28th February 2015

Teddy Hall Expo 2015



This year was the inaugural Teddy Hall Expo. A chance for all three bodies (the JCR, MCR and SCR) to work together ans show off their work and studies. It was a day of displays and talk exemplifying the range and depth of academic endeavours of Teddy Hall.

See here for the more info.

The Teddy  Talks given by the MCR are available online:

  • The ethics of rail travel; or, what George Eliot can teach us about HS2 – Philip Chadwick
  • Lost in Translation? Experiencing the body on stage and screen – Alexandra Greenfield & Vanessa Lee
  • What debt management strategies do advanced economies follow? Ilona Mostipan
  • Preventing and handling missing data alongside clinical trials: are we doing well? Ines Rombach
  • Promoting nutrition through schools in Sri Lanka – Julianne Williams
  • Rethinking the American Revolution and the US Founding Myth – Trent Taylor

Recent Research Highlights

1st June 2017

The Molecules of Life That Trigger Death

Layal Liverpool, DPhil in Infection, Immunology, and Translational Medicine Nucleic acids –  DNA and RNA – are the molecules of life. Without them we wouldn’t exist but, ironically, they are the very molecules used by viruses to hijack our cells. Viral nucleic acids act like a virus-blueprint, containing all the instructions necessary to make more […]

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24th May 2017

The Death of the Brainstem: Should Each Person be Permitted to Define Death for Themselves?

  Jake White,  Law Established understandings of when death occurs have been critically undermined by technological advancement and medical innovation. Conceptions of what ‘it’ is that is constitutive of human life has been destabilised as medical intervention makes possible the continuation of major organs that would otherwise succumb to failure. Where a patient is in […]

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18th May 2017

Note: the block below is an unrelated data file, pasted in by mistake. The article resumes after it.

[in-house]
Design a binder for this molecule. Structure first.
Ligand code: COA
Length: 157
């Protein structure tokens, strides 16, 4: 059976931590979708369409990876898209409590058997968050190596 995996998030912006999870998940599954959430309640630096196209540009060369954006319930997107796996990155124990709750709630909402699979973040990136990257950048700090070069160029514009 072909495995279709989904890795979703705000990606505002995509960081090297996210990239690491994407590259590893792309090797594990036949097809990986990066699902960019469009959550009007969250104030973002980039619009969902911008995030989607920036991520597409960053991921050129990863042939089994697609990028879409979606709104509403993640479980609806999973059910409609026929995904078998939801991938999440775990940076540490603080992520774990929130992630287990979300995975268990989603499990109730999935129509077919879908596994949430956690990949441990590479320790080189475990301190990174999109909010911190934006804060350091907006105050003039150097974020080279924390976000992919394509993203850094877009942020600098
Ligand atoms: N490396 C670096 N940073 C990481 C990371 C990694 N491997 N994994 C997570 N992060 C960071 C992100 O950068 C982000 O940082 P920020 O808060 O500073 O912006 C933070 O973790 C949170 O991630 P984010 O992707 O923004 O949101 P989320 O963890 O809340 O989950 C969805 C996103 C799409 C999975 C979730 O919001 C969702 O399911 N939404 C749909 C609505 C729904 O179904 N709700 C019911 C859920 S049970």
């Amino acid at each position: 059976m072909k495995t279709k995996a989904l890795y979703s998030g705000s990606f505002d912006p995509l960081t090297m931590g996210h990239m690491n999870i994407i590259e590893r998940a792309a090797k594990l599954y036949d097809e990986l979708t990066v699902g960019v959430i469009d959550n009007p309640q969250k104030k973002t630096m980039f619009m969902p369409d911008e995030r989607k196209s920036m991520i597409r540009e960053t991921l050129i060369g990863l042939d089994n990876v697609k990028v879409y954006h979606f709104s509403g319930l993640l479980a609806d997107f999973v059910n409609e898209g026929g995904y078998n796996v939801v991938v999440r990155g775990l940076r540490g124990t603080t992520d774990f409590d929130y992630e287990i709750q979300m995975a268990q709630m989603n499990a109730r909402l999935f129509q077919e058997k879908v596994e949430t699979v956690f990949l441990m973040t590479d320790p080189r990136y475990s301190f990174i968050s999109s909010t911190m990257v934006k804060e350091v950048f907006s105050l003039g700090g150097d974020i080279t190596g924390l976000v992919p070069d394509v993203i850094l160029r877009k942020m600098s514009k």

Standing on the Shoulders of Giants: Developing Antibiotics

Hannah Behrens, DPhil Infection, Immunology and Translational Medicine (m.2015) Although first discovered in 1928, it was only during the Second World War that Penicillin was developed into a drug that could cure people of bacterial diseases. This started the “antibiotic era” and is considered to be one of the most important medical discoveries of the […]

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12th May 2017

‘Good entertainment & civill mirth’: English Provincial Fairs in the Eighteenth Century

  Jessica Davidson, DPhil in History On 24 May 1702, 18 year old John Cannon set off with his friend John Berryman for Binegar fair, 12 miles from their home in West Lydford, Somerset, ‘being joyous of seeing this great fair’. There they were to set up a stall to sell hats made by Berryman’s […]

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3rd May 2017

The Paradox of Reality

Linde Wester, a fourth year DPhil in Computer Science Reality cannot exist. At least not any reasonable reality. A reasonable reality must satisfy some basic assumptions such as causality: the idea that the past can influence events in the future, but not the other way around. We’ve known this since 2005, when research groups from The […]

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